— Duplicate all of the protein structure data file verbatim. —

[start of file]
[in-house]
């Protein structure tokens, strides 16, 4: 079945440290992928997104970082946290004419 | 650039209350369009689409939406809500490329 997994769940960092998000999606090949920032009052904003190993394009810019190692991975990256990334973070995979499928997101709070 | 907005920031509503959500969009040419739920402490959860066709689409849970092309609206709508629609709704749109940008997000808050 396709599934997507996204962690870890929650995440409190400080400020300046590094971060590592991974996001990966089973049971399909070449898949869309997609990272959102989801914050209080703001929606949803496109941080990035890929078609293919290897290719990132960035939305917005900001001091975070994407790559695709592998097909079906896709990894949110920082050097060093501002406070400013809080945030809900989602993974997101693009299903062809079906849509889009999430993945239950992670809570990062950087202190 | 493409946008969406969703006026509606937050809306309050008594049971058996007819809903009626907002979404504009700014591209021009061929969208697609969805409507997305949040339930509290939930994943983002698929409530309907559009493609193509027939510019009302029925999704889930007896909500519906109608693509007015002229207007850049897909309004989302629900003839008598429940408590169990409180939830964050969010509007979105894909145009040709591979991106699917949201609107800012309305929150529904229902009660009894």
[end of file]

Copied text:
[in-house]
């Protein structure tokens, strides 16, 4: 079945440290992928997104970082946290004419 | 650039209350369009689409939406809500490329 997994769940960092998000999606090949920032009052904003190993394009810019190692991975990256990334973070995979499928997101709070 | 907005920031509503959500969009040419739920402490959860066709689409849970092309609206709508629609709704749109940008997000808050 396709599934997507996204962690870890929650995440409190400080400020300046590094971060590592991974996001990966089973049971399909070449898949869309997609990272959102989801914050209080703001929606949803496109941080990035890929078609293919290897290719990132960035939305917005900001001091975070994407790559695709592998097909079906896709990894949110920082050097060093501002406070400013809080945030809900989602993974997101693009299903062809079906849509889009999430993945239950992670809570990062950087202190 | 493409946008969406969703006026509606937050809306309050008594049971058996007819809903009626907002979404504009700014591209021009061929969208697609969805409507997305949040339930509290939930994943983002698929409530309907559009493609193509027939510019009302029925999704889930007896909500519906109608693509007015002229207007850049897909309004989302629900003839008598429940408590169990409180939830964050969010509007979105894909145009040709591979991106699917949201609107800012309305929150529904229902009660009894």